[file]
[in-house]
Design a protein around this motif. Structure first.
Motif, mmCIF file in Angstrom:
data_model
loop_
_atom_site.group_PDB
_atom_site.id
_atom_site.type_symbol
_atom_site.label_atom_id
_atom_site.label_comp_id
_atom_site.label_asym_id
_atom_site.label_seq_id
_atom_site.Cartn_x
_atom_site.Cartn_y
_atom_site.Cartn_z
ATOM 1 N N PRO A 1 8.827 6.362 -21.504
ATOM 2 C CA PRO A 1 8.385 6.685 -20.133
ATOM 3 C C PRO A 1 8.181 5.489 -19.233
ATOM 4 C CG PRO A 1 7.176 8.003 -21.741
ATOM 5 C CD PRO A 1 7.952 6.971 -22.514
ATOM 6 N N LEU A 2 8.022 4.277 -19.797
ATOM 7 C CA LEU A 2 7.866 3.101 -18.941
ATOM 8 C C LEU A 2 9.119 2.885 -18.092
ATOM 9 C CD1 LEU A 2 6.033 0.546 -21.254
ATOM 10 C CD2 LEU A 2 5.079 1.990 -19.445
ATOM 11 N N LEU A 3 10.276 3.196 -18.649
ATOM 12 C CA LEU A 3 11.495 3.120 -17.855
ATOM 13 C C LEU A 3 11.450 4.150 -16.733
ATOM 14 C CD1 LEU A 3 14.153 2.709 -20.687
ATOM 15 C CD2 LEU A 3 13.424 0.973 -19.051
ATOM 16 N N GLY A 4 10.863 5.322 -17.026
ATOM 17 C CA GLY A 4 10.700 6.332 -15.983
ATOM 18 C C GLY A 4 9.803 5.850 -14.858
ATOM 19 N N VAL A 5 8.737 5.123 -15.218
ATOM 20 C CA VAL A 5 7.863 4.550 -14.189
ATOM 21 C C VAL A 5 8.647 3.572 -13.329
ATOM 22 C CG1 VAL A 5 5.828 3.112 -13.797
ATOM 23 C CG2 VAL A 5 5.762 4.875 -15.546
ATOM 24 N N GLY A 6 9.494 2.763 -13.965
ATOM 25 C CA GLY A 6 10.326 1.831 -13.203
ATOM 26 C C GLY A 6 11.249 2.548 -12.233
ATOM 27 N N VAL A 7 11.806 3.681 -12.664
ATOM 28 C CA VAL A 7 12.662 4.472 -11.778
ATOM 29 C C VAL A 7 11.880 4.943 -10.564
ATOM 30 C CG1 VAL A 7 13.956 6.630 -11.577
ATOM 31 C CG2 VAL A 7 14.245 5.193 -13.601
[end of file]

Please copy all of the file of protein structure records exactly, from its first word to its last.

[in-house]
Design a protein around this motif. Structure first.
Motif, mmCIF file in Angstrom:
data_model
loop_
_atom_site.group_PDB
_atom_site.id
_atom_site.type_symbol
_atom_site.label_atom_id
_atom_site.label_comp_id
_atom_site.label_asym_id
_atom_site.label_seq_id
_atom_site.Cartn_x
_atom_site.Cartn_y
_atom_site.Cartn_z
ATOM 1 N N PRO A 1 8.827 6.362 -21.504
ATOM 2 C CA PRO A 1 8.385 6.685 -20.133
ATOM 3 C C PRO A 1 8.181 5.489 -19.233
ATOM 4 C CG PRO A 1 7.176 8.003 -21.741
ATOM 5 C CD PRO A 1 7.952 6.971 -22.514
ATOM 6 N N LEU A 2 8.022 4.277 -19.797
ATOM 7 C CA LEU A 2 7.866 3.101 -18.941
ATOM 8 C C LEU A 2 9.119 2.885 -18.092
ATOM 9 C CD1 LEU A 2 6.033 0.546 -21.254
ATOM 10 C CD2 LEU A 2 5.079 1.990 -19.445
ATOM 11 N N LEU A 3 10.276 3.196 -18.649
ATOM 12 C CA LEU A 3 11.495 3.120 -17.855
ATOM 13 C C LEU A 3 11.450 4.150 -16.733
ATOM 14 C CD1 LEU A 3 14.153 2.709 -20.687
ATOM 15 C CD2 LEU A 3 13.424 0.973 -19.051
ATOM 16 N N GLY A 4 10.863 5.322 -17.026
ATOM 17 C CA GLY A 4 10.700 6.332 -15.983
ATOM 18 C C GLY A 4 9.803 5.850 -14.858
ATOM 19 N N VAL A 5 8.737 5.123 -15.218
ATOM 20 C CA VAL A 5 7.863 4.550 -14.189
ATOM 21 C C VAL A 5 8.647 3.572 -13.329
ATOM 22 C CG1 VAL A 5 5.828 3.112 -13.797
ATOM 23 C CG2 VAL A 5 5.762 4.875 -15.546
ATOM 24 N N GLY A 6 9.494 2.763 -13.965
ATOM 25 C CA GLY A 6 10.326 1.831 -13.203
ATOM 26 C C GLY A 6 11.249 2.548 -12.233
ATOM 27 N N VAL A 7 11.806 3.681 -12.664
ATOM 28 C CA VAL A 7 12.662 4.472 -11.778
ATOM 29 C C VAL A 7 11.880 4.943 -10.564
ATOM 30 C CG1 VAL A 7 13.956 6.630 -11.577
ATOM 31 C CG2 VAL A 7 14.245 5.193 -13.601